Poland's Top Judge Defiant as She Turns Up to Work to Protest 'Purge' of Judiciary

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Opponents of the judicial reform hold Polish and EU flags as they protest outside the Supreme Court building, in Warsaw, Poland July 4, 2018. Chief Justice Malgorzata Gersdorf has refused to stand down from her post. Agencja Gazeta/Slawomir Kaminski via REUTERS

Poland's top judge has refused a government order for her to retire, provoking a stand-off between Warsaw and the European Union.

Chief Justice Malgorzata Gersdorf, 65, arrived at work on Wednesday with hundreds of supporters in tow opposing the new law introduced by the country's right-wing Law and Justice Party (PiS) requiring judges to retire at 65 instead of 70.

This is expected to force 27 judges out of 72 off the bench in a move that Gersdorf has described as a "purge".

"My presence here is not about politics, I am here to protect the rule of law," she said as she arrived at the courthouse, according to CNN amid protests from hundreds of her supporters, joined by the prominent anti-Communist protest leader Lech Walesa.

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Opponents of the judicial reform hold Polish and EU flags as they protest outside the Supreme Court building, in Warsaw, Poland July 4, 2018. Chief Justice Malgorzata Gersdorf has refused to stand down from her post. Agencja Gazeta/Slawomir Kaminski via REUTERS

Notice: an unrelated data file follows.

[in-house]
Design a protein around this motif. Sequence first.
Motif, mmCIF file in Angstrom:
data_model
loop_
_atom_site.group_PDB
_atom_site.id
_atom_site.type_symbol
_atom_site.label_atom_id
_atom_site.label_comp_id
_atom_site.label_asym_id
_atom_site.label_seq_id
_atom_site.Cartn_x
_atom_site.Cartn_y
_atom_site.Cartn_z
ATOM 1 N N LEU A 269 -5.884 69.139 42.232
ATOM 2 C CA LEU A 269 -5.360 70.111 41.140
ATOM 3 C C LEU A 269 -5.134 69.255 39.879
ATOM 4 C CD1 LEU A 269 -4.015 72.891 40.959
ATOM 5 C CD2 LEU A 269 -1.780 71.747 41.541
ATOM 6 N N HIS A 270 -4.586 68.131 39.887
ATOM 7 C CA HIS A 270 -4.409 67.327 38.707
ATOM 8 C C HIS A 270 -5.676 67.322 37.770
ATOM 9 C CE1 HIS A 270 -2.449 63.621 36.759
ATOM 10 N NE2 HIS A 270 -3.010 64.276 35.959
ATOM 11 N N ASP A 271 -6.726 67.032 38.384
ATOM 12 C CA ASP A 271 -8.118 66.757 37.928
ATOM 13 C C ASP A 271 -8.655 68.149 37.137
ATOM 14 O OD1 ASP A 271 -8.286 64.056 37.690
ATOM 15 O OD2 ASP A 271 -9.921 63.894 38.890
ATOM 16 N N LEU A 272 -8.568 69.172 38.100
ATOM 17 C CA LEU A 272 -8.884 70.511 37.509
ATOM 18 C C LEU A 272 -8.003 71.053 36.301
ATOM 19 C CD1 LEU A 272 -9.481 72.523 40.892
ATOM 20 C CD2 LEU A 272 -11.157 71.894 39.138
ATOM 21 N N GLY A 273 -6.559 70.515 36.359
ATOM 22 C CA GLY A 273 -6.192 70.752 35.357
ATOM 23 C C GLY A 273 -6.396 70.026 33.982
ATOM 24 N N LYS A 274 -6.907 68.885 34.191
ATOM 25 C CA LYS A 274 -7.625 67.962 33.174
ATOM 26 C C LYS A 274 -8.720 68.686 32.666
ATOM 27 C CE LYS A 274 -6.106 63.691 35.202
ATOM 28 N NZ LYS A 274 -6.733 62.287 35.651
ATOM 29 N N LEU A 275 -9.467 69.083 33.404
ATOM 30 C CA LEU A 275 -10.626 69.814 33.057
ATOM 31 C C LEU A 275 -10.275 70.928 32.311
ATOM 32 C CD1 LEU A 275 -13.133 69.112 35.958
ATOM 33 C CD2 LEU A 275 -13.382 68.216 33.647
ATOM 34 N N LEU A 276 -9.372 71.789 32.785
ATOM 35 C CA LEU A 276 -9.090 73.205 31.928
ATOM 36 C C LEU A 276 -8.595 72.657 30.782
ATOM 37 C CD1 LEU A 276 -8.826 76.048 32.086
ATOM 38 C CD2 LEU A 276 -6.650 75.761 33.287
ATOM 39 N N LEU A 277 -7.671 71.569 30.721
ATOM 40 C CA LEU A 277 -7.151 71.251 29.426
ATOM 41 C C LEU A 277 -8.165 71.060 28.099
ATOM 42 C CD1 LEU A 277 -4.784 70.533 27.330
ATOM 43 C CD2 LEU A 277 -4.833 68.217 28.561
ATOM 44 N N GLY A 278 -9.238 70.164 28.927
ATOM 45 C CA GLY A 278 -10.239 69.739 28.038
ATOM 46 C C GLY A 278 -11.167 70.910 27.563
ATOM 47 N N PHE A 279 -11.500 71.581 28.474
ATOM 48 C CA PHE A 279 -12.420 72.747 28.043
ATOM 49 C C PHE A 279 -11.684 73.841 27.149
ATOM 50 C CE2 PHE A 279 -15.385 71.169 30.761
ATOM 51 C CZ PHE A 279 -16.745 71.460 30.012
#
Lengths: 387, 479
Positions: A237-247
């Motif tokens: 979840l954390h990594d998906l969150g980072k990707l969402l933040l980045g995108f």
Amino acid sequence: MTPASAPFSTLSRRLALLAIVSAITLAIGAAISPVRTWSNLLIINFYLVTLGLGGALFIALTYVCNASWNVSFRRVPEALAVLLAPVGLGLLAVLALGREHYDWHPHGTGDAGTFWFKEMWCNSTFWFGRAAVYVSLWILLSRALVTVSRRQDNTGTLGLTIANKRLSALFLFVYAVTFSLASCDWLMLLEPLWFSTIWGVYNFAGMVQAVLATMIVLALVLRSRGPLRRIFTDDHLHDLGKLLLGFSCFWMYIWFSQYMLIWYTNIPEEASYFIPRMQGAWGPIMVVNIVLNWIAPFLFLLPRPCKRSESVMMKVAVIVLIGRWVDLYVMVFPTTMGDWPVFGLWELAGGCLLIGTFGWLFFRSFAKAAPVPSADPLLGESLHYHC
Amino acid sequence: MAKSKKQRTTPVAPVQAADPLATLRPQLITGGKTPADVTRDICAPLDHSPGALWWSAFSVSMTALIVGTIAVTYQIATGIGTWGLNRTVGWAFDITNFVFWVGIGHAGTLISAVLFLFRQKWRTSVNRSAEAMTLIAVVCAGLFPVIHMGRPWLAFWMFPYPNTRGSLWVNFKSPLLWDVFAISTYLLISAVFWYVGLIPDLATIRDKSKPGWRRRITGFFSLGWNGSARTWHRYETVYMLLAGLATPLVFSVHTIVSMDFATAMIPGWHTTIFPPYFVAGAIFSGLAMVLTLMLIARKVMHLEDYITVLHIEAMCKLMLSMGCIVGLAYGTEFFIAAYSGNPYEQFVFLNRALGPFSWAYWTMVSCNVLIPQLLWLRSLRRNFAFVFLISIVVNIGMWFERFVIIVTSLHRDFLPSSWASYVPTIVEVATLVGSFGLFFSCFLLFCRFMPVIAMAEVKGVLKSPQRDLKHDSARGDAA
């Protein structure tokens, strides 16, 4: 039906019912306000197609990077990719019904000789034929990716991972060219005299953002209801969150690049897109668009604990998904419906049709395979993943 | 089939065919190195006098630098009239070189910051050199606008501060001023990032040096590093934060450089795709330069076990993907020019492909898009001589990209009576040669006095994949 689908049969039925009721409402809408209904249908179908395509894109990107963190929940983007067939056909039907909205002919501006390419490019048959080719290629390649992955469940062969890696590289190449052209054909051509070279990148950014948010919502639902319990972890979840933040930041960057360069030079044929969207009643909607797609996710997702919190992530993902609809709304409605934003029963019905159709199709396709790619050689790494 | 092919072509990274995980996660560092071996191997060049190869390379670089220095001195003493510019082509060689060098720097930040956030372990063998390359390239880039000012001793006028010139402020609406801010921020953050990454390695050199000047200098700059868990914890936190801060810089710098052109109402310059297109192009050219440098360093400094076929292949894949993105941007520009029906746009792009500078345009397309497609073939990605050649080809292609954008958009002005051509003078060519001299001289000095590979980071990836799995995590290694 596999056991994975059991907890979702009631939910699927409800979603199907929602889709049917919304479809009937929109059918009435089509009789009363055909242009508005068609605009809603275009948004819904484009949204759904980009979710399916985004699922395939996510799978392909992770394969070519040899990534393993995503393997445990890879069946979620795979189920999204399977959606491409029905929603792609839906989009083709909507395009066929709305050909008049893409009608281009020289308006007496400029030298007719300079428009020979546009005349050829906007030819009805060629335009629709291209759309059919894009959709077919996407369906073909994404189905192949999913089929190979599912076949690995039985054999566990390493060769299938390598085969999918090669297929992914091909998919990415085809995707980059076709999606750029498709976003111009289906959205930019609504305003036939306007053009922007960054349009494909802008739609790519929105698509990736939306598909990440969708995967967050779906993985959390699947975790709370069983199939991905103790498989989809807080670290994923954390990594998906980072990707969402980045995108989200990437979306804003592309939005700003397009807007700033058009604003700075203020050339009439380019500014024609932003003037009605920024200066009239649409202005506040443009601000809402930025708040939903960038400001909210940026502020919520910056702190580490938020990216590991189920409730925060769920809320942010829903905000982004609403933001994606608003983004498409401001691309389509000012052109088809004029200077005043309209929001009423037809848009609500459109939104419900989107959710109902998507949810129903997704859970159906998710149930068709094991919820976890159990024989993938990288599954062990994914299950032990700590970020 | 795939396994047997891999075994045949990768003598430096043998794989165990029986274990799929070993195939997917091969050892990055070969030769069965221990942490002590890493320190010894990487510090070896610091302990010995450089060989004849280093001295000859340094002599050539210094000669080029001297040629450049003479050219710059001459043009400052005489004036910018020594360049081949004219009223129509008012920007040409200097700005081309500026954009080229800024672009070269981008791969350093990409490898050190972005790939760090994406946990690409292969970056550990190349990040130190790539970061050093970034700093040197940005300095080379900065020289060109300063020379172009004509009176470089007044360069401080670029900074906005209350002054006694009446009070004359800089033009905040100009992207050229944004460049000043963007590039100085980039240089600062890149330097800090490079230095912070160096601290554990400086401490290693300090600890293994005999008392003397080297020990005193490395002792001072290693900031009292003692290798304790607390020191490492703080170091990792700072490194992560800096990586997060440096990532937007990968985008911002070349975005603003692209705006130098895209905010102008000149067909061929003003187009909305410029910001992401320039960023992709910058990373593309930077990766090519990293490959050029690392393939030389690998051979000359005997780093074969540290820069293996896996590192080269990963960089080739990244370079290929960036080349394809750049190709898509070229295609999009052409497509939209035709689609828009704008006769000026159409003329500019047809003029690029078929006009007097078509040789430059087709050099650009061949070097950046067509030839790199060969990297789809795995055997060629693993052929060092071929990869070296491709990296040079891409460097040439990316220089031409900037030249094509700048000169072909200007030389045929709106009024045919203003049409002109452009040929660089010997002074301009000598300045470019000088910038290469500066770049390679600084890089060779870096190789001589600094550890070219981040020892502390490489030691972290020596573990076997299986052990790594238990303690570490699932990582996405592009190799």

She said that the constitution states she should serve a six-year term, ending in 2020.

"My situation is defined by the constitution ... and that cannot be changed," the PAP news agency reported on Tuesday.

"There will be a purge of the supreme court conducted under the guise of retirement reform," she added.

Warsaw has been trying to overhaul its judiciary and faces accusations that it has taken de facto control of the justice system in a move that the EU says is anti democratic.

The European Commission has opened a legal case against Poland over the changes saying that they undermine judicial independence. Poland has a month to respond in a dispute that could end up in the European Court of Justice.

However the PiS party says the communist-era system needs to be changed. Prime Minister Mateusz Morawiecki told the European Parliament in Strasbourg on Wednesday: "Each EU state has the right to shape their legal system according to their own traditions," Politico.EU reported.

In December, the EU said it was concerned about "systemic threats" to the rule of law. This could mean Warsaw's EU voting rights might be suspended.

Poland's Top Judge Defiant as She Turns Up to Work to Protest 'Purge' of Judiciary | World
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